Space Foundation’s second season of “Space Matters” convenes well-known policy influencers for monthly high-level space policy conversations on emerging topics and trends within the global space economy. This month's episode will cover topics from launch to U.S. budget delays that will affect space programs. Our panel will also honor World Space Week and discuss issues around the theme of "Space and Sustainability."
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Introduction | Congressional gridlock delayed a 2023 spending plan for U.S. government space programs, which have made up about 12 percent of the global space economy in recent years. The delay stalled budget increases for NASA and the Pentagon topping $6 billion, but a stopgap measure keeps agencies operating at 2022 spending levels.
Six months after embarking on its process to write the 2023 budget, Congress in September raced for a stopgap measure to keep government agencies open after Oct. 1 — the start of a new budget year — while lawmakers play for more time. The delay stops the countdown on more than $6 billion for new space programs.
It's the 25th time in the past 25 years that Congress has failed to pass a full federal spending plan before the fiscal year deadline of Sept. 30.1
Instead, lawmakers passed a continuing resolution to fund the government through Dec. 16 at 2022 levels. The move pushes budget talks past the November election and could signal more delays if the election shifts partisan control in the House or Senate.
Experts and lawmakers say the budget delay hampers federal space efforts by delaying new endeavors until Congress acts.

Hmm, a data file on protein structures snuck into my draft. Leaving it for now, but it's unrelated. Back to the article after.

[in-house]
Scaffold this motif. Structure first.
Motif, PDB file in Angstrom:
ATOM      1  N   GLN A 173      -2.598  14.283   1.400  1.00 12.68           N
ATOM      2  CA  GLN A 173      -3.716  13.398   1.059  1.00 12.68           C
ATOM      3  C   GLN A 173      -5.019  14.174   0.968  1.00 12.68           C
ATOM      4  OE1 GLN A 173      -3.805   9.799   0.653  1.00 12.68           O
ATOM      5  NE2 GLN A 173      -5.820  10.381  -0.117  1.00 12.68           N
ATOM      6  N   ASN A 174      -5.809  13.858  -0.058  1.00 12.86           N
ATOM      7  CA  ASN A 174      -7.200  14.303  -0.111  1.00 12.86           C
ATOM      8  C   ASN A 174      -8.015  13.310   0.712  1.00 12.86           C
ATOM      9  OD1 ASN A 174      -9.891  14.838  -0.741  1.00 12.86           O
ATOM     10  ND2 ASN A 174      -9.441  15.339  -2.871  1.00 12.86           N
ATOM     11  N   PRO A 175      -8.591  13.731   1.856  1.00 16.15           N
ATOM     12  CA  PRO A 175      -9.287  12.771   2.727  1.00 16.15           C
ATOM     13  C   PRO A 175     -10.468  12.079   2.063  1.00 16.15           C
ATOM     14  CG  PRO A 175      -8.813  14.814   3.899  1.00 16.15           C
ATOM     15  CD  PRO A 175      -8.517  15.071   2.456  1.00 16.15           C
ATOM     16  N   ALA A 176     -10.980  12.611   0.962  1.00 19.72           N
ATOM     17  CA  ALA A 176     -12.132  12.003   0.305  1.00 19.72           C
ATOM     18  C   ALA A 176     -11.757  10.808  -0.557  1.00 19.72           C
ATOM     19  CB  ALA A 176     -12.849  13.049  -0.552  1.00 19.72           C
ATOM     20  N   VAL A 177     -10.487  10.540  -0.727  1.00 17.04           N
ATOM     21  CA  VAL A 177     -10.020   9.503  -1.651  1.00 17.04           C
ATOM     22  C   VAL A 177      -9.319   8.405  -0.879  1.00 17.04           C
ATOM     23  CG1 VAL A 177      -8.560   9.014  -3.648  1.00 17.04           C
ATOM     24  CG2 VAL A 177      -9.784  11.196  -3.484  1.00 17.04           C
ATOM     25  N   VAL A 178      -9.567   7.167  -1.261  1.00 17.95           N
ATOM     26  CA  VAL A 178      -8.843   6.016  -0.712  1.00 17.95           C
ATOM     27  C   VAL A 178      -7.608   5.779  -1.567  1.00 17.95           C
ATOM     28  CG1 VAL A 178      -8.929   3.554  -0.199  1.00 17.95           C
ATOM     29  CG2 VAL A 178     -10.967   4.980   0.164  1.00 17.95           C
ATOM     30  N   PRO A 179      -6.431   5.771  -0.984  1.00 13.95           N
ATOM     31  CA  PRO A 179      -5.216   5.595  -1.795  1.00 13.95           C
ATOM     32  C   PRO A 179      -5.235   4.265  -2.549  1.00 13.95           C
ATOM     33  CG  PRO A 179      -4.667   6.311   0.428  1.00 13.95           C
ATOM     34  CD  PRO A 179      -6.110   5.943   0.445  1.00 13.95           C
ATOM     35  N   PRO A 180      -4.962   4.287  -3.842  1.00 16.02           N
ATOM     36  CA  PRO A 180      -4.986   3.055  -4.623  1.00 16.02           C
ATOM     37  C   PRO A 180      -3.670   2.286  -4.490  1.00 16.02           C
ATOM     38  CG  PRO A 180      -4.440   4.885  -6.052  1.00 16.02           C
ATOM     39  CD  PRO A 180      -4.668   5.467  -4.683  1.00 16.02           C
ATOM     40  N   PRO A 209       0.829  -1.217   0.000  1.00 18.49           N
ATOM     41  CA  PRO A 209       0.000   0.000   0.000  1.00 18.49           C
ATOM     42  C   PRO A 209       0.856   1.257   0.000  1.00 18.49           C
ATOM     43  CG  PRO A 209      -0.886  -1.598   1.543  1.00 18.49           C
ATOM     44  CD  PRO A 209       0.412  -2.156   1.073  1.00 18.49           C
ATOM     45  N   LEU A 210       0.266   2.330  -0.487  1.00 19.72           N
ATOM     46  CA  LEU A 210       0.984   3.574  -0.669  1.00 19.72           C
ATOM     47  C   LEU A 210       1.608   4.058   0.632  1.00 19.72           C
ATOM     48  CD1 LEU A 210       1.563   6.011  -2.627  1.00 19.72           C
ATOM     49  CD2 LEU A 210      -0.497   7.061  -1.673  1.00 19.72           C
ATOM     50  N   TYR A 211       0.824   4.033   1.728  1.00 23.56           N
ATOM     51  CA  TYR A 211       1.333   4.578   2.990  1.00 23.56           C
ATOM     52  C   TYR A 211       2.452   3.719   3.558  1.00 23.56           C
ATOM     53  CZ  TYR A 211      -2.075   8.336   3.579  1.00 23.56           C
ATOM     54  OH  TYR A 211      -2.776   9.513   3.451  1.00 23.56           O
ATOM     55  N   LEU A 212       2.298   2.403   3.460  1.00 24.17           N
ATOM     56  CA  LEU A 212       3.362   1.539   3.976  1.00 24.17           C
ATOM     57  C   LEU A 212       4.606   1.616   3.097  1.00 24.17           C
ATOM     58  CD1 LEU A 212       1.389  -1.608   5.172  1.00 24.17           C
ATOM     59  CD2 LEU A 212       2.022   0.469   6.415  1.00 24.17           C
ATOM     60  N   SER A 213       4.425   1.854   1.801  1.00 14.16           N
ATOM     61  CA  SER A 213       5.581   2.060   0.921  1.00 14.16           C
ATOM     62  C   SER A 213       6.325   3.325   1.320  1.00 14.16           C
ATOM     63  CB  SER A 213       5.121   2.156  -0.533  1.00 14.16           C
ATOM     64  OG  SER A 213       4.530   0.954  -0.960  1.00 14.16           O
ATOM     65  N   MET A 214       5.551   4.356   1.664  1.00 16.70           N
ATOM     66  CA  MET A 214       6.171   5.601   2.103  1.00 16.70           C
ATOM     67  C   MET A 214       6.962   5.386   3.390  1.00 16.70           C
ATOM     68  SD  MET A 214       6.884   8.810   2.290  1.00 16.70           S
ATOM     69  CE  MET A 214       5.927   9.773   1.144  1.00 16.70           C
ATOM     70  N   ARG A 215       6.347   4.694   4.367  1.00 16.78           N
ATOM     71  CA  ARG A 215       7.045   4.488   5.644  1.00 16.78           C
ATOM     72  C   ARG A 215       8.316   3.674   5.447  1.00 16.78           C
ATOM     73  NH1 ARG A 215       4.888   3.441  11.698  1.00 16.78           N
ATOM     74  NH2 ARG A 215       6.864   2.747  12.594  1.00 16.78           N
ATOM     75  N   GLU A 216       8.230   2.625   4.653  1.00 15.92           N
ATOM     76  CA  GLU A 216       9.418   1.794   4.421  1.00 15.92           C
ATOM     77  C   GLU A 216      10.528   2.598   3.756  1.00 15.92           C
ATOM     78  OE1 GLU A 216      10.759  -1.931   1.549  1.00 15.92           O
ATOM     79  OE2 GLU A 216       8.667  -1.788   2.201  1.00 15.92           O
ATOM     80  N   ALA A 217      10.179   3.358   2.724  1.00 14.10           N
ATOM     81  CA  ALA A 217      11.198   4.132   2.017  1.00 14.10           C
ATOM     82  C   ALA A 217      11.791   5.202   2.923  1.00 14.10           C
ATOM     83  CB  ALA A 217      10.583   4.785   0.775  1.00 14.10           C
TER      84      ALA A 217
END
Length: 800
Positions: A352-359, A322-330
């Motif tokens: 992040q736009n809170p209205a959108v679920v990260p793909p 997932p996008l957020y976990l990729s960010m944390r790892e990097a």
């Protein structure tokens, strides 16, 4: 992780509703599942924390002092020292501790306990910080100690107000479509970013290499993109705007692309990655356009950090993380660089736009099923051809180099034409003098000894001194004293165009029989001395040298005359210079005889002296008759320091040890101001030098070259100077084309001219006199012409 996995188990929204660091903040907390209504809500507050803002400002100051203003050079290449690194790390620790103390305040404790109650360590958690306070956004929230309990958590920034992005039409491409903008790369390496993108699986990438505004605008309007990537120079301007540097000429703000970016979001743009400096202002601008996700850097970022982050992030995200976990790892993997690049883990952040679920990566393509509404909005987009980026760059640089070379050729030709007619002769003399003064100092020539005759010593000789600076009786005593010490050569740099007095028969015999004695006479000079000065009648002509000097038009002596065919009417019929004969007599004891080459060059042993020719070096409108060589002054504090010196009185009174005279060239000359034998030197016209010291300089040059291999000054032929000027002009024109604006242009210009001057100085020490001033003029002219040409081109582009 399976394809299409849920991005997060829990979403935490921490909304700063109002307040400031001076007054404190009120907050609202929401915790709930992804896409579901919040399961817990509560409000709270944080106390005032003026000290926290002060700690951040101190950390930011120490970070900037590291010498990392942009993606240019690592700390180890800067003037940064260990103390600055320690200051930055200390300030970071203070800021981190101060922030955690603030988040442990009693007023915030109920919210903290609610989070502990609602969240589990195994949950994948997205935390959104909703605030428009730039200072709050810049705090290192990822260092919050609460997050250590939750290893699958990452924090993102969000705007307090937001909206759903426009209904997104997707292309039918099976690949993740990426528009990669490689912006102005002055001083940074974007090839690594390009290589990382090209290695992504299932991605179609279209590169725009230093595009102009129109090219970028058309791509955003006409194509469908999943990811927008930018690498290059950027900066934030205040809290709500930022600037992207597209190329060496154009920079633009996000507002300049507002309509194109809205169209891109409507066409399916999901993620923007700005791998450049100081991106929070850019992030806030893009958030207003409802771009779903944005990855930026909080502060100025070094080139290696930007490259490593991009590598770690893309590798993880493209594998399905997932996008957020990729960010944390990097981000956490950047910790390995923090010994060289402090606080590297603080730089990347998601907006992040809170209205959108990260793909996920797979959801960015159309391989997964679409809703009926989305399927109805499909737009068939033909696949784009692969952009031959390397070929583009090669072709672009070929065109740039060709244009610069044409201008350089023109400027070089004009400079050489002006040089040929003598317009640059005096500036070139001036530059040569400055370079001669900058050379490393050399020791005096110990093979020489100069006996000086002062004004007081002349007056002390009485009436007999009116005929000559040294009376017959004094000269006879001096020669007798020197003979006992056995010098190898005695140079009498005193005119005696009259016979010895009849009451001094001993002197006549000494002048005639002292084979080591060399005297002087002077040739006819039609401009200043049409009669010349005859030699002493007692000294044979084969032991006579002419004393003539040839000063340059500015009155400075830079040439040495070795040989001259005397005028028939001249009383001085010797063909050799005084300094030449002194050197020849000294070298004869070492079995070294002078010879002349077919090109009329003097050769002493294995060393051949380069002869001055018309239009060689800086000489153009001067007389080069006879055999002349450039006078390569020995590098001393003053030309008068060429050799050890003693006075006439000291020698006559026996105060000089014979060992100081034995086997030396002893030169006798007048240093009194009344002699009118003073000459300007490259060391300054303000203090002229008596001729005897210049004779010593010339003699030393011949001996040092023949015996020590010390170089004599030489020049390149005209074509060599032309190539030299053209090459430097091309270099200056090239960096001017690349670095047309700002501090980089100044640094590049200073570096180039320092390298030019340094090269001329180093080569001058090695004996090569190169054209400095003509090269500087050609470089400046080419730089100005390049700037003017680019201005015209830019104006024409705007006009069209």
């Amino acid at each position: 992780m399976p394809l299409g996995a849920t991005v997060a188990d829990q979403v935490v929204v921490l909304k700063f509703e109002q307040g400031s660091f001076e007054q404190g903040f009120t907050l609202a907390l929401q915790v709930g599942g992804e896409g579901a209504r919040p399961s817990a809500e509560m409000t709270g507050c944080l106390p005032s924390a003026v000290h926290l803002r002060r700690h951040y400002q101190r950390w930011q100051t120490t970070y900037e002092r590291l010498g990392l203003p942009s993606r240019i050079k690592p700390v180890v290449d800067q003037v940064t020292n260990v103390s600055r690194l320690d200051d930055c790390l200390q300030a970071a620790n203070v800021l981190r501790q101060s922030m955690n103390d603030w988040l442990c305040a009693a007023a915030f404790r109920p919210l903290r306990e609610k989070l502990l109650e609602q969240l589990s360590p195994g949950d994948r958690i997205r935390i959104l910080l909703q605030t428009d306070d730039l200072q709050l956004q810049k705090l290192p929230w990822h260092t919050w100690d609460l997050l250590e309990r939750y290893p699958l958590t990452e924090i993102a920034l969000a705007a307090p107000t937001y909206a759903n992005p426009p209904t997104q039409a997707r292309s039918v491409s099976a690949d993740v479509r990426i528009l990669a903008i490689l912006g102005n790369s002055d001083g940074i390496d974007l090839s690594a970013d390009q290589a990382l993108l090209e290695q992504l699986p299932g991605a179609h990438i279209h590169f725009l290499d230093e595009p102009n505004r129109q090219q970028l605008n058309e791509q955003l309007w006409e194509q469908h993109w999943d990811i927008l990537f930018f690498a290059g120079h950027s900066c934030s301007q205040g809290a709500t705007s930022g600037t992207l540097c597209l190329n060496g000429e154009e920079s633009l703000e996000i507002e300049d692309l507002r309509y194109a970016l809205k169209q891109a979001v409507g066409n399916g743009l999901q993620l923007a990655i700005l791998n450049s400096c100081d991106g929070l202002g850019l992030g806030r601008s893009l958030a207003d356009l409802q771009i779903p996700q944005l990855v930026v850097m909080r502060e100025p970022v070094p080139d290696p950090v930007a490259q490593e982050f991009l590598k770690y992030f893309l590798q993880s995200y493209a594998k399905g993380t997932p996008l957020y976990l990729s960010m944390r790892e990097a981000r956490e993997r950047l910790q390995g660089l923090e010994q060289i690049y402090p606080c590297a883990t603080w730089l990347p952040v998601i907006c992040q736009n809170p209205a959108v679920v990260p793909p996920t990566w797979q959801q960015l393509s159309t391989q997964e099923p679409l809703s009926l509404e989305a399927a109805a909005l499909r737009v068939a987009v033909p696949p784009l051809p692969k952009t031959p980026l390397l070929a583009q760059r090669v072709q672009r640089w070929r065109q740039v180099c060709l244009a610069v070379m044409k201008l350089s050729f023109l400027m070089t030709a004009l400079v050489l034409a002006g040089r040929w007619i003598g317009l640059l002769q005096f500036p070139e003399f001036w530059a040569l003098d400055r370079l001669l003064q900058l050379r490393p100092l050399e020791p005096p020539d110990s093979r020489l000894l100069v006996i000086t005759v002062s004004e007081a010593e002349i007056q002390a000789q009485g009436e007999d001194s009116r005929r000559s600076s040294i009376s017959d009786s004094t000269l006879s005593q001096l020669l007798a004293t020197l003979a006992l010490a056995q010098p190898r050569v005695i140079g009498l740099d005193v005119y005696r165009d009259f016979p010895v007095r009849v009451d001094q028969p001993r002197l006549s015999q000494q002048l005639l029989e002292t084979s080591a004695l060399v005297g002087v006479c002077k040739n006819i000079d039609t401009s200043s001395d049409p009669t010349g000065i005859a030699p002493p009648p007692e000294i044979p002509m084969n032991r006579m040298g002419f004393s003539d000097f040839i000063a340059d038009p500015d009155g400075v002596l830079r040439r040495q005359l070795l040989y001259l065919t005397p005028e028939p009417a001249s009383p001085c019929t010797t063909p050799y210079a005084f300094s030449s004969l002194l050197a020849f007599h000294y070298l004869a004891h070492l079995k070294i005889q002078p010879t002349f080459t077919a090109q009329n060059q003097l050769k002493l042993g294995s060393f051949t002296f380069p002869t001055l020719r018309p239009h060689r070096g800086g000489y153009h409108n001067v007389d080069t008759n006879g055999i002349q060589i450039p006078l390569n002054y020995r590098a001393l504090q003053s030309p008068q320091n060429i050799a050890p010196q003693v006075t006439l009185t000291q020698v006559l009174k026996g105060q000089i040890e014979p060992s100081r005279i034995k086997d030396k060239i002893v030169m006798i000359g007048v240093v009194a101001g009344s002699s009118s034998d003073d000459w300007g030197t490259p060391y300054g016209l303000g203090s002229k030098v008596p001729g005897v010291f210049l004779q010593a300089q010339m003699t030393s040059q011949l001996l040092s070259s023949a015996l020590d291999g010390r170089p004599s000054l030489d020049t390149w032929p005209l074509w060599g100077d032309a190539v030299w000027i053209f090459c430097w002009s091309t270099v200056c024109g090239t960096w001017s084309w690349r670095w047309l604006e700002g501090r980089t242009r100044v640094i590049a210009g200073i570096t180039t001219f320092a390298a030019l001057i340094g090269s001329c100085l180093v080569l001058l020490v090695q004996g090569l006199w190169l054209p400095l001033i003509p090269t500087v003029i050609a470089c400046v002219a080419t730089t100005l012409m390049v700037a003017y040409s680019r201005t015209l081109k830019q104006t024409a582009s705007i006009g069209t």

“As the Department of Defense implements contingency plans to manage inflation and space programs across the board face supply chain issues, a continuing resolution is insufficient to advance American superiority in space,” U.S. Rep. Doug Lamborn, the ranking Republican of the Strategic Forces Subcommittee of the House Armed Services Committee, said in an email.2 “As a result, until Dec. 16, new starts of research and development programs will be severely limited, and other programs of record will be challenged to execute this year’s programs with last year’s money.”
The Biden Administration requested $773 billion for the Pentagon including a plan to boost the Space Force budget by $5 billion to $24.5 billion. NASA spending would see a $1.1 billion increase under the Biden plan, hitting nearly $26 billion.3 The total impact grows when other space programs are added. In 2021, the U.S. federal space budget topped $59 billion, accounting for more than 12% of the global space economy.4
Some big plans are on hold while a budget accord is hammered out. For NASA, the 2023 budget proposal offers money for new programs including robotic exploration of the Moon.5 For the Space Force, the proposed budget includes an additional $900 million to purchase new satellites and ground equipment, along with an extra $50 million for new research programs.6
"It will inevitably cause delays," said retired Air Force Big. Gen. Marty France7, who led the Air Force Academy's astronautical engineering program for 12 years before retiring from the military and working as a civilian space consultant.
"In some cases, it's as simple as people not having the travel money to attend important meetings and reviews that can't be held online," France said. "Programs that are over budget or behind schedule may also fall more behind because requests for additional funding are even less likely to be approved."